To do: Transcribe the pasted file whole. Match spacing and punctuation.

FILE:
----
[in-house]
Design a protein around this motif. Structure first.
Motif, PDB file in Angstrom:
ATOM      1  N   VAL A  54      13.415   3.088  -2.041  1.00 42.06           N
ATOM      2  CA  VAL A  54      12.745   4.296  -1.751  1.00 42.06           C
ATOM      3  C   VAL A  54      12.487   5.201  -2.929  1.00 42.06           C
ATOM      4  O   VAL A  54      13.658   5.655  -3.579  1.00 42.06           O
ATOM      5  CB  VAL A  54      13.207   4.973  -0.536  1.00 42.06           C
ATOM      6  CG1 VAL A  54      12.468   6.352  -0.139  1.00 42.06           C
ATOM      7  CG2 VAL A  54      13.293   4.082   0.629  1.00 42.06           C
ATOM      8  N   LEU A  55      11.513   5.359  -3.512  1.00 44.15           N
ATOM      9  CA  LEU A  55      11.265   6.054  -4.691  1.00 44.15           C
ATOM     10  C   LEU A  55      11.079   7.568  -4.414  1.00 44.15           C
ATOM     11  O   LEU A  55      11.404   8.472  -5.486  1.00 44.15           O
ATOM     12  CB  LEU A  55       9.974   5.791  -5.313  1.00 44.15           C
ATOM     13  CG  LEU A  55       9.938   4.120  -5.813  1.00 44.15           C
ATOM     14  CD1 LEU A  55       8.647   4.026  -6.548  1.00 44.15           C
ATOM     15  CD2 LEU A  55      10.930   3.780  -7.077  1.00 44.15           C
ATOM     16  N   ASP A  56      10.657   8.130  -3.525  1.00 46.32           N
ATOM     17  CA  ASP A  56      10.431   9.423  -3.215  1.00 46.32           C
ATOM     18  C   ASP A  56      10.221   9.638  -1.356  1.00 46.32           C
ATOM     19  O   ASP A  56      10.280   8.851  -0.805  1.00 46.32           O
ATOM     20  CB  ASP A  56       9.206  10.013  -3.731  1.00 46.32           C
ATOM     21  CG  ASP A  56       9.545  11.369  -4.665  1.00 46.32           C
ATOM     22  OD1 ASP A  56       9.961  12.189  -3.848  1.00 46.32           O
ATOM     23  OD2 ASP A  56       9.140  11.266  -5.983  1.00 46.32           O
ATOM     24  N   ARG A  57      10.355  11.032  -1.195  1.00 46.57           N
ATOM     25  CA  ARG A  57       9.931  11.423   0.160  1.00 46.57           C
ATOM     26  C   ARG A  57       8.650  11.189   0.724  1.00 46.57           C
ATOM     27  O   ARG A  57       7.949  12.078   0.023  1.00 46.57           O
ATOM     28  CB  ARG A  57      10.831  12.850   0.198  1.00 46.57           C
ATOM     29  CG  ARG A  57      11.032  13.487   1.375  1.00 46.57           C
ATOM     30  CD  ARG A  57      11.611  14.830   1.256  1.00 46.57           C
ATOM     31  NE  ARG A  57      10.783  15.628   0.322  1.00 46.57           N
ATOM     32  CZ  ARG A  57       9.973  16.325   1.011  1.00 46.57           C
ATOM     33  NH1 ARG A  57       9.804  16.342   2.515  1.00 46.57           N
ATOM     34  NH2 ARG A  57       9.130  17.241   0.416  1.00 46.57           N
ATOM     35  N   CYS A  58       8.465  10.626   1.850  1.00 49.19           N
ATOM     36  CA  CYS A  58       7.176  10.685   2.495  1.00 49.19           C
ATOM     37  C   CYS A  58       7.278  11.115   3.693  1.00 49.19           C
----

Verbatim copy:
[in-house]
Design a protein around this motif. Structure first.
Motif, PDB file in Angstrom:
ATOM      1  N   VAL A  54      13.415   3.088  -2.041  1.00 42.06           N
ATOM      2  CA  VAL A  54      12.745   4.296  -1.751  1.00 42.06           C
ATOM      3  C   VAL A  54      12.487   5.201  -2.929  1.00 42.06           C
ATOM      4  O   VAL A  54      13.658   5.655  -3.579  1.00 42.06           O
ATOM      5  CB  VAL A  54      13.207   4.973  -0.536  1.00 42.06           C
ATOM      6  CG1 VAL A  54      12.468   6.352  -0.139  1.00 42.06           C
ATOM      7  CG2 VAL A  54      13.293   4.082   0.629  1.00 42.06           C
ATOM      8  N   LEU A  55      11.513   5.359  -3.512  1.00 44.15           N
ATOM      9  CA  LEU A  55      11.265   6.054  -4.691  1.00 44.15           C
ATOM     10  C   LEU A  55      11.079   7.568  -4.414  1.00 44.15           C
ATOM     11  O   LEU A  55      11.404   8.472  -5.486  1.00 44.15           O
ATOM     12  CB  LEU A  55       9.974   5.791  -5.313  1.00 44.15           C
ATOM     13  CG  LEU A  55       9.938   4.120  -5.813  1.00 44.15           C
ATOM     14  CD1 LEU A  55       8.647   4.026  -6.548  1.00 44.15           C
ATOM     15  CD2 LEU A  55      10.930   3.780  -7.077  1.00 44.15           C
ATOM     16  N   ASP A  56      10.657   8.130  -3.525  1.00 46.32           N
ATOM     17  CA  ASP A  56      10.431   9.423  -3.215  1.00 46.32           C
ATOM     18  C   ASP A  56      10.221   9.638  -1.356  1.00 46.32           C
ATOM     19  O   ASP A  56      10.280   8.851  -0.805  1.00 46.32           O
ATOM     20  CB  ASP A  56       9.206  10.013  -3.731  1.00 46.32           C
ATOM     21  CG  ASP A  56       9.545  11.369  -4.665  1.00 46.32           C
ATOM     22  OD1 ASP A  56       9.961  12.189  -3.848  1.00 46.32           O
ATOM     23  OD2 ASP A  56       9.140  11.266  -5.983  1.00 46.32           O
ATOM     24  N   ARG A  57      10.355  11.032  -1.195  1.00 46.57           N
ATOM     25  CA  ARG A  57       9.931  11.423   0.160  1.00 46.57           C
ATOM     26  C   ARG A  57       8.650  11.189   0.724  1.00 46.57           C
ATOM     27  O   ARG A  57       7.949  12.078   0.023  1.00 46.57           O
ATOM     28  CB  ARG A  57      10.831  12.850   0.198  1.00 46.57           C
ATOM     29  CG  ARG A  57      11.032  13.487   1.375  1.00 46.57           C
ATOM     30  CD  ARG A  57      11.611  14.830   1.256  1.00 46.57           C
ATOM     31  NE  ARG A  57      10.783  15.628   0.322  1.00 46.57           N
ATOM     32  CZ  ARG A  57       9.973  16.325   1.011  1.00 46.57           C
ATOM     33  NH1 ARG A  57       9.804  16.342   2.515  1.00 46.57           N
ATOM     34  NH2 ARG A  57       9.130  17.241   0.416  1.00 46.57           N
ATOM     35  N   CYS A  58       8.465  10.626   1.850  1.00 49.19           N
ATOM     36  CA  CYS A  58       7.176  10.685   2.495  1.00 49.19           C
ATOM     37  C   CYS A  58       7.278  11.115   3.693  1.00 49.19           C